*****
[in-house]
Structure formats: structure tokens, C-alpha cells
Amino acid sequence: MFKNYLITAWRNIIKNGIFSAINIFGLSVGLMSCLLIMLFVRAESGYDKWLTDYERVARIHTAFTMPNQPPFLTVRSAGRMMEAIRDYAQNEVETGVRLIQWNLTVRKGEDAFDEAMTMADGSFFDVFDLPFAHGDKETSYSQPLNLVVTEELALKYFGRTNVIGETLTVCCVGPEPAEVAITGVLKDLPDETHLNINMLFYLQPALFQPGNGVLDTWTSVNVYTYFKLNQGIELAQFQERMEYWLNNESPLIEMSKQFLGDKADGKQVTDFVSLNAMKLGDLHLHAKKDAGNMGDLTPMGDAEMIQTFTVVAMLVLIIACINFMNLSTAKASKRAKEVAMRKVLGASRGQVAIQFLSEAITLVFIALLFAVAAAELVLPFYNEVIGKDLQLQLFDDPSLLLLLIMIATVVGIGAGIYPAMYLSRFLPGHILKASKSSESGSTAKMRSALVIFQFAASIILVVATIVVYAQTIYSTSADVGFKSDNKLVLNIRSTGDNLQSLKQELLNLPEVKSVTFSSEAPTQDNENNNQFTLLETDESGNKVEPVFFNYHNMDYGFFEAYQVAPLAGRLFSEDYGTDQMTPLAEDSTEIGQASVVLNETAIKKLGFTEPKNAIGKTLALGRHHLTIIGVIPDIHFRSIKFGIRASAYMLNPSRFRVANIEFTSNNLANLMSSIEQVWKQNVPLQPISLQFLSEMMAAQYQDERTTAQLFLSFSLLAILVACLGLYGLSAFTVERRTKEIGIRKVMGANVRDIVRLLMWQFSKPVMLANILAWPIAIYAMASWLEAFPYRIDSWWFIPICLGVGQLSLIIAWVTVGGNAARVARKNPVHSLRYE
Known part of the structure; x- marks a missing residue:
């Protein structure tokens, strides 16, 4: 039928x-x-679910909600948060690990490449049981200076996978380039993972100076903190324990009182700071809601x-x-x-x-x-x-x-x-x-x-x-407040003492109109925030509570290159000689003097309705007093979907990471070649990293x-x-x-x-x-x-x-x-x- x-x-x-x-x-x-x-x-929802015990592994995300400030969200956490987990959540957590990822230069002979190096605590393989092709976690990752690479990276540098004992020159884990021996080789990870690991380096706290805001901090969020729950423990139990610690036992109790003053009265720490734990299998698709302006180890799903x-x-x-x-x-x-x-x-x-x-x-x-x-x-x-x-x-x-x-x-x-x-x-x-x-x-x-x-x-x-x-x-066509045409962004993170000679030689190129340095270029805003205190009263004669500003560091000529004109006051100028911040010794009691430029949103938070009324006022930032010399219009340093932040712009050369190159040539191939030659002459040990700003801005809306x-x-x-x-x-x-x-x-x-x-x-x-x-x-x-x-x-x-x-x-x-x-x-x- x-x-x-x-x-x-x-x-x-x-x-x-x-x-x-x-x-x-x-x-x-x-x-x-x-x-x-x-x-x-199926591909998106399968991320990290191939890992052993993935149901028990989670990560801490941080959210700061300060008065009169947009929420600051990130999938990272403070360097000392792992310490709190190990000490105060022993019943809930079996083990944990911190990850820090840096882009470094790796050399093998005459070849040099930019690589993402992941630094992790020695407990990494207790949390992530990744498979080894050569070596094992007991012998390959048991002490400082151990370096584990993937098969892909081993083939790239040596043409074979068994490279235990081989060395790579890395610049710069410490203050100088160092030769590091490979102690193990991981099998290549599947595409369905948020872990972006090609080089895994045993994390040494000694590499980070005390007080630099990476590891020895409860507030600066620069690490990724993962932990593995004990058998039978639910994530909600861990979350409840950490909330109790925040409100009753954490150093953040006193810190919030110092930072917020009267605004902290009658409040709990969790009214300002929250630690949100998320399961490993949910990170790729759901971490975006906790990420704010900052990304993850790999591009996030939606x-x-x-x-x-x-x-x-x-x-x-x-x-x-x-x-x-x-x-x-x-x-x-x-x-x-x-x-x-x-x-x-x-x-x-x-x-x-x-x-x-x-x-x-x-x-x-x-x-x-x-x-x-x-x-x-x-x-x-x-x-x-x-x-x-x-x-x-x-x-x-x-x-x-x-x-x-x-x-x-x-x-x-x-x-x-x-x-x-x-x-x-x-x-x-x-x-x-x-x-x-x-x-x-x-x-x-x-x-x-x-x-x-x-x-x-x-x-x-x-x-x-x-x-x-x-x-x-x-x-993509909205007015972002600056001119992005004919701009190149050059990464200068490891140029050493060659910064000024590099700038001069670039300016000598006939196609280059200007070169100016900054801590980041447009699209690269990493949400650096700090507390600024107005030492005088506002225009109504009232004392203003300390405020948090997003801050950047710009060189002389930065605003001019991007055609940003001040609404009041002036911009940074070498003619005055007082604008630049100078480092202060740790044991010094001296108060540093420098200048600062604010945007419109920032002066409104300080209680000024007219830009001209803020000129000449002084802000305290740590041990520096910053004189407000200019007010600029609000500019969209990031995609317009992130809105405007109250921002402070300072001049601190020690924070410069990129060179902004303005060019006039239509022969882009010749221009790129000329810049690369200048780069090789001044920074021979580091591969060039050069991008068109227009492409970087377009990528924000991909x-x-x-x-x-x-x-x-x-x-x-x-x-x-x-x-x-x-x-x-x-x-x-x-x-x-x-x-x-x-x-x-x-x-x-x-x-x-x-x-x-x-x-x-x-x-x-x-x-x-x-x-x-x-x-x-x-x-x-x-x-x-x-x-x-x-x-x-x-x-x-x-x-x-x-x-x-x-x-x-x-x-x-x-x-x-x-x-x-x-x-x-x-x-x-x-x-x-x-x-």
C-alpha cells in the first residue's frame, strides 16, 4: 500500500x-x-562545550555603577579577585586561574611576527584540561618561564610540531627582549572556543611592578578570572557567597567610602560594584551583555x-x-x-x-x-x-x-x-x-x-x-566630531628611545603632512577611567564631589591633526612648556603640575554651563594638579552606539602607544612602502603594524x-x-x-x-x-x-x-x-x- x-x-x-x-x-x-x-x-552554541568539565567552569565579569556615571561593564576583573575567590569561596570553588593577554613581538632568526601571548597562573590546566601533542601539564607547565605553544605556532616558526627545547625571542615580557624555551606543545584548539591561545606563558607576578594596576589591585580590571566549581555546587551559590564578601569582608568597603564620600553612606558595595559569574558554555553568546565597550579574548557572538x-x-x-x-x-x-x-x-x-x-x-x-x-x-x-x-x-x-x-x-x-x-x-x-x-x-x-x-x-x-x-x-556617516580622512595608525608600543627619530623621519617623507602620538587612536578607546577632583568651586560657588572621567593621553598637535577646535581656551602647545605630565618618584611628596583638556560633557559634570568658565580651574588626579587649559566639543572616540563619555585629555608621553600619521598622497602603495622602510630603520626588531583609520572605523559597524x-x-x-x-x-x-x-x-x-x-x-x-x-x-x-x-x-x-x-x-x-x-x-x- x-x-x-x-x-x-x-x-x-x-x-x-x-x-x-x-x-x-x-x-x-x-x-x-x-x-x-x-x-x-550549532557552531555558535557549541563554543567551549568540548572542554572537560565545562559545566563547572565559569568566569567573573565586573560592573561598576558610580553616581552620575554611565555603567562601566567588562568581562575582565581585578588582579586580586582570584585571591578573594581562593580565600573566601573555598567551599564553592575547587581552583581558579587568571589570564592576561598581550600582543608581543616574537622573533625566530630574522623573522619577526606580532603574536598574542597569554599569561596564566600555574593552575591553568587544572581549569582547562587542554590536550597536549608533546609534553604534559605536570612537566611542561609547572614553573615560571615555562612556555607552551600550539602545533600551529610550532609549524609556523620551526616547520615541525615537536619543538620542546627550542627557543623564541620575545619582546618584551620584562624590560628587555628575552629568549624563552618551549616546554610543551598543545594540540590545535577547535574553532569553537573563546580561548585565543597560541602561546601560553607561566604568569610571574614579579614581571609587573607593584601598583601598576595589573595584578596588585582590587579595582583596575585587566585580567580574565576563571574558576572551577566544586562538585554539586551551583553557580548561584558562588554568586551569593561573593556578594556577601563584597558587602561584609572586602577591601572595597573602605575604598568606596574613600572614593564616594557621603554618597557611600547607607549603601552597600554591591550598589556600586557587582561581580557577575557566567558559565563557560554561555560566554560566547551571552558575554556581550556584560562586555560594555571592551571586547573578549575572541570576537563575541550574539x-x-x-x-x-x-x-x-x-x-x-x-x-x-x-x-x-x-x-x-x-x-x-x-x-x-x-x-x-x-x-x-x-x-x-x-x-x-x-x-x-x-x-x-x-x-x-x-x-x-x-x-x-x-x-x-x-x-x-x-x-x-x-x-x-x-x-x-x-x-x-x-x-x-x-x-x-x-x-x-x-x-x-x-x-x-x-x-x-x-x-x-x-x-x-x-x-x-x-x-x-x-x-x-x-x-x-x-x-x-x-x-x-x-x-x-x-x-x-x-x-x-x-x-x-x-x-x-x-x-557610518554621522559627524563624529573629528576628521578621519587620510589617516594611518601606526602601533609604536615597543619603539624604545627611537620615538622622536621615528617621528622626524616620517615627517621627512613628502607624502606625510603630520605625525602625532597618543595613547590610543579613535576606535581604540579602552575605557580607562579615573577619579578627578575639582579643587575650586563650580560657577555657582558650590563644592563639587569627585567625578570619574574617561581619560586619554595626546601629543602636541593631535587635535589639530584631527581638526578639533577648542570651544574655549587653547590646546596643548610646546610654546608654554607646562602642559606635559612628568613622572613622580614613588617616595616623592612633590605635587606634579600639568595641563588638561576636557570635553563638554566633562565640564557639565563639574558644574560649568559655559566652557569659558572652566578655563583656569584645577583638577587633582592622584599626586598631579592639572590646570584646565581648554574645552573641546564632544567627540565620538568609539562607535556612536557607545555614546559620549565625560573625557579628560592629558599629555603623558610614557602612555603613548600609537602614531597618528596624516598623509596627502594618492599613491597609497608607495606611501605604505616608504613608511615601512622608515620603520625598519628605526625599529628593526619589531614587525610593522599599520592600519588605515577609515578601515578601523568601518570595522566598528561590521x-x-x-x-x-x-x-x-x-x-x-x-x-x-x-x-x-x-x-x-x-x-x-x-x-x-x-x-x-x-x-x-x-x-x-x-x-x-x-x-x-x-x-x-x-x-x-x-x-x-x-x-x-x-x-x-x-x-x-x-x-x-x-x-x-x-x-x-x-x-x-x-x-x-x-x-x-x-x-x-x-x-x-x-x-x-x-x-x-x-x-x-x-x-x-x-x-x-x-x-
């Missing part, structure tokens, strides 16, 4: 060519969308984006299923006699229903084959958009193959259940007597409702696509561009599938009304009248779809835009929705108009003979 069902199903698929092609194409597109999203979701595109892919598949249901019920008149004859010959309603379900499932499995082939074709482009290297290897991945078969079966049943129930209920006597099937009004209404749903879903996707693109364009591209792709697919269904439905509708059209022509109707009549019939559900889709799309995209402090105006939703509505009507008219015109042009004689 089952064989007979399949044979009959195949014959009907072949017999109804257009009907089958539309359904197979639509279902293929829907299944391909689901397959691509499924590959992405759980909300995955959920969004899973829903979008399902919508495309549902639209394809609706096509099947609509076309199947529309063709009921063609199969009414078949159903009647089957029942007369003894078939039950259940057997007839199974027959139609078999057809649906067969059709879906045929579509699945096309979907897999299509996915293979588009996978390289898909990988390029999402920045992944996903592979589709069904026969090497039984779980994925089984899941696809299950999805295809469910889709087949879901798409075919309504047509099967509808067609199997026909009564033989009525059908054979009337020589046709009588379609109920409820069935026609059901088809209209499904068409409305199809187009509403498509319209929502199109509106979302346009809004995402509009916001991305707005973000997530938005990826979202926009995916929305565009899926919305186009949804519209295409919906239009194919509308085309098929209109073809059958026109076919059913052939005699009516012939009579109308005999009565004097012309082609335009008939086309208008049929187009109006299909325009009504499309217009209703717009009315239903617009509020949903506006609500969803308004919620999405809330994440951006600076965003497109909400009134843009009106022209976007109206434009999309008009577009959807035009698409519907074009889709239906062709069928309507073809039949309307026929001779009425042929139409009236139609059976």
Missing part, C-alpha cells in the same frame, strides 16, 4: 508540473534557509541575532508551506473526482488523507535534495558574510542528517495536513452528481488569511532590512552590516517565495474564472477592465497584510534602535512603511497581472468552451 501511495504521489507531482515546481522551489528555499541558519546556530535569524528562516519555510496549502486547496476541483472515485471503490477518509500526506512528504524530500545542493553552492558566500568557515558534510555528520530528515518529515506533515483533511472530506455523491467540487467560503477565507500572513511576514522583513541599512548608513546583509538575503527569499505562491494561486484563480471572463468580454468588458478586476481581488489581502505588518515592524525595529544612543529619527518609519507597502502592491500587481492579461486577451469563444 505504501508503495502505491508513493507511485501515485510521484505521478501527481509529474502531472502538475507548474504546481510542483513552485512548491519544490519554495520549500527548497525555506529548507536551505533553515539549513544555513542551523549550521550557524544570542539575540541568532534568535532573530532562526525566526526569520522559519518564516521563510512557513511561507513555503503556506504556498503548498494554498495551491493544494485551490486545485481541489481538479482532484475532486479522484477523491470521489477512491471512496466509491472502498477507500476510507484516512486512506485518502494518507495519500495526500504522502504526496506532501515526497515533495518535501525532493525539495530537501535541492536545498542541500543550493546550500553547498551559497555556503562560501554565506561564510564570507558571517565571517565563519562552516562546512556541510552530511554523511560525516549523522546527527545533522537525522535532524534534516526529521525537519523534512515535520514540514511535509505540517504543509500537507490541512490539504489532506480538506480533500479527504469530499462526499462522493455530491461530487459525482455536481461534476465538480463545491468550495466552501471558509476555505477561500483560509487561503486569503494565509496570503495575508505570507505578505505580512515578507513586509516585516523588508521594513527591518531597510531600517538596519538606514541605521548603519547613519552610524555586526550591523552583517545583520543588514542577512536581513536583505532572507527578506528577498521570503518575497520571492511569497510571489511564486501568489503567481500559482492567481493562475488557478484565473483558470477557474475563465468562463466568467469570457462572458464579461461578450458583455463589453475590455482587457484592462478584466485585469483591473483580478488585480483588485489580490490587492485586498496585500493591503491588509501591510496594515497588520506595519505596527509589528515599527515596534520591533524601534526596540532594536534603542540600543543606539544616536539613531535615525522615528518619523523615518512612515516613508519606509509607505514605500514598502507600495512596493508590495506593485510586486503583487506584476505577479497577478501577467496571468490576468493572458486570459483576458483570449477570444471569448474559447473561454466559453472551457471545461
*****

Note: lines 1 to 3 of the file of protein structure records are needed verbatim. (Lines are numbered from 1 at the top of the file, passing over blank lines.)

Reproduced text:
[in-house]
Structure formats: structure tokens, C-alpha cells
Amino acid sequence: MFKNYLITAWRNIIKNGIFSAINIFGLSVGLMSCLLIMLFVRAESGYDKWLTDYERVARIHTAFTMPNQPPFLTVRSAGRMMEAIRDYAQNEVETGVRLIQWNLTVRKGEDAFDEAMTMADGSFFDVFDLPFAHGDKETSYSQPLNLVVTEELALKYFGRTNVIGETLTVCCVGPEPAEVAITGVLKDLPDETHLNINMLFYLQPALFQPGNGVLDTWTSVNVYTYFKLNQGIELAQFQERMEYWLNNESPLIEMSKQFLGDKADGKQVTDFVSLNAMKLGDLHLHAKKDAGNMGDLTPMGDAEMIQTFTVVAMLVLIIACINFMNLSTAKASKRAKEVAMRKVLGASRGQVAIQFLSEAITLVFIALLFAVAAAELVLPFYNEVIGKDLQLQLFDDPSLLLLLIMIATVVGIGAGIYPAMYLSRFLPGHILKASKSSESGSTAKMRSALVIFQFAASIILVVATIVVYAQTIYSTSADVGFKSDNKLVLNIRSTGDNLQSLKQELLNLPEVKSVTFSSEAPTQDNENNNQFTLLETDESGNKVEPVFFNYHNMDYGFFEAYQVAPLAGRLFSEDYGTDQMTPLAEDSTEIGQASVVLNETAIKKLGFTEPKNAIGKTLALGRHHLTIIGVIPDIHFRSIKFGIRASAYMLNPSRFRVANIEFTSNNLANLMSSIEQVWKQNVPLQPISLQFLSEMMAAQYQDERTTAQLFLSFSLLAILVACLGLYGLSAFTVERRTKEIGIRKVMGANVRDIVRLLMWQFSKPVMLANILAWPIAIYAMASWLEAFPYRIDSWWFIPICLGVGQLSLIIAWVTVGGNAARVARKNPVHSLRYE